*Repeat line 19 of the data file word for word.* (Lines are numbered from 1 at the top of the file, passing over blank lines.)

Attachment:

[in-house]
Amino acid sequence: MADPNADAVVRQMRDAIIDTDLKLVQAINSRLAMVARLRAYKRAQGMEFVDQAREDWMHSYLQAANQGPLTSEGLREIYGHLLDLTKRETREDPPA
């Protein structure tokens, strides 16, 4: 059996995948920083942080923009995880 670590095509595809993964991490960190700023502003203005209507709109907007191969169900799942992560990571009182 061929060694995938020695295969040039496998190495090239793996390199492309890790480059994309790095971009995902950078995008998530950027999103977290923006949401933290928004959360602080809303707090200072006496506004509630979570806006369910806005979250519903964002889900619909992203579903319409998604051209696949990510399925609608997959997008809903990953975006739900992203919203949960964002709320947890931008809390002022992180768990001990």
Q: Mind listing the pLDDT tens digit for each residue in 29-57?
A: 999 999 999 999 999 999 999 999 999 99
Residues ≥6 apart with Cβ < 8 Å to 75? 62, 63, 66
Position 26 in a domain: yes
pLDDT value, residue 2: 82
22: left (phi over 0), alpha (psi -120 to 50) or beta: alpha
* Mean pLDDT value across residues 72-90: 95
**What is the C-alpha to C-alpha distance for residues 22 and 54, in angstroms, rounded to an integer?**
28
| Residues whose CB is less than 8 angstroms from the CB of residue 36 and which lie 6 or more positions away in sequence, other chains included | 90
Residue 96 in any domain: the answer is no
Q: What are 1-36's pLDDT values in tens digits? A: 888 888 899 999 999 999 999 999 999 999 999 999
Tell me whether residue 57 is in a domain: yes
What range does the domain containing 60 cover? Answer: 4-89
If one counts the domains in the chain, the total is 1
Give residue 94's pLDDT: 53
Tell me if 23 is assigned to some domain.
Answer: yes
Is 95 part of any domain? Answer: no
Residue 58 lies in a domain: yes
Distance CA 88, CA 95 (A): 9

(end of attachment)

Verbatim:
Give residue 94's pLDDT: 53